Opposition leaders Thursday insisted the governing party stole the presidency, which final results gave to Carlos Salinas de Gortari by the slimmest margin in the Institutional Revolutionary Party's history.
The opposition won four seats in the 64-seat Senate, the Federal Election Commission said late Wednesday, releasing a week after the balloting vote totals it originally promised for election night.The centrist governing party, known as the PRI, had not lost a presidential, gubernatorial or Senate race in its 59 years.
It was not yet known whether the PRI lost the two-thirds majority required for approval of constitutional reforms in the Chamber of Deputies, the lower house of Congress.
The PRI-dominated election commission said Salinas received 9.64 million votes, or 50.36 percent, far below the 70 percent the PRI has traditionally won.
Cuauhtemoc Cardenas of the leftist National Democratic Front was second with 5.96 million, or 31.12 percent; and Manuel J. Clouthier of the conservative National Action Party was third with 3.27 million votes or 17.07 percent. Two minor candidates accounted for the rest of the vote.
Of 38 million registered voters, 50.3 percent cast ballots, the commission said. Government and party officials initially described the turnout as larger than the 75 percent in 1982.
High turnout was one of the reasons they gave for the delay in releasing results so the low turnout gave rise to two theories: The 1982 turnout was inflated - or opposition votes were not counted this time.
Opposition representatives on the commission accused it of fraud and said the release of the vote totals was delayed so they could be doctored.
"It appears that there are two Mexicos," said Jorge Amador, a National Democratic Front supporter on the commission.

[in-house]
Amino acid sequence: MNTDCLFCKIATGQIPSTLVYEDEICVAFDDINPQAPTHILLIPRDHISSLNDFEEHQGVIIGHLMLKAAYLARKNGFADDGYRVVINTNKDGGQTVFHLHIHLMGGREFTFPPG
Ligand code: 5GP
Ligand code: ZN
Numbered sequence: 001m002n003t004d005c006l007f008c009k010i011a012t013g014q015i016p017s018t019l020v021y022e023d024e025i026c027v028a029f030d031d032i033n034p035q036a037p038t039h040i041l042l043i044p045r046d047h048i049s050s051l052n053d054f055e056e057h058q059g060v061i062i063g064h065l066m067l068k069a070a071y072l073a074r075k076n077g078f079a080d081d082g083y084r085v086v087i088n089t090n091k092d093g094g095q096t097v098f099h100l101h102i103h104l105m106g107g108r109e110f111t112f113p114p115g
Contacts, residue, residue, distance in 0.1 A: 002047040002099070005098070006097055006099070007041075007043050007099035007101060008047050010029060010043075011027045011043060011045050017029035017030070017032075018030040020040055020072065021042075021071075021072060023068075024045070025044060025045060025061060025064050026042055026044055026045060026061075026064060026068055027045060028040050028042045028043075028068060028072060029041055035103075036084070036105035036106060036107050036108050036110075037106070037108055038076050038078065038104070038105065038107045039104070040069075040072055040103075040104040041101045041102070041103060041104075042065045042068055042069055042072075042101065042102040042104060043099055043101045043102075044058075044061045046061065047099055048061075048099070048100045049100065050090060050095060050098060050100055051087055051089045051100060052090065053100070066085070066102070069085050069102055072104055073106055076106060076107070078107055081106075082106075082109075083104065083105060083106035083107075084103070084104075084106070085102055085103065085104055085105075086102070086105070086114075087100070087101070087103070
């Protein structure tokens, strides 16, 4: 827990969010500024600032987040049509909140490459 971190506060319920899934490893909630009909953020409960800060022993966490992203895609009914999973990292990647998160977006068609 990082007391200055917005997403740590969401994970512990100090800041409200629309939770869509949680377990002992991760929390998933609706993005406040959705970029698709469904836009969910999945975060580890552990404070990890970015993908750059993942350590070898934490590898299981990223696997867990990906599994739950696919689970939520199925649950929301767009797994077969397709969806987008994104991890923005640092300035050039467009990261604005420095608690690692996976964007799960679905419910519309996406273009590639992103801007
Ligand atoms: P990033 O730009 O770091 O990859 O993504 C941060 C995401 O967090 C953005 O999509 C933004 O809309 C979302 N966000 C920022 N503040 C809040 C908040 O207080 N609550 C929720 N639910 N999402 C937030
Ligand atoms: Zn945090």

He said there is a modern Mexico where the federal electoral code is respected, honest results were posted and the victorious candidate is Cardenas, and a second, backward Mexico "in which the federal electoral code is not known, is not applied," and the the popular will was thwarted.
"In many garbage dumps and on isolated roads, in some rivers of the republic are flowing electoral material marked in favor of parties of the opposition," he said early Thursday.
Amador's aides carried into the commission boxes of ballots, some of them partially burned and others he said they found in the streets.
He said the vote should be annulled in 10,000 of the more than 54,000 polling places because opposition representatives were denied access or ejected illegally.
Diego Fernandez de Ceballos of the National Action Party said: "We do not accept this election as clean because there were violations of the law," because the (state) governors pressured voters, because the resources of the political power were at the service of the PRI, because the official and private television was for the PRI.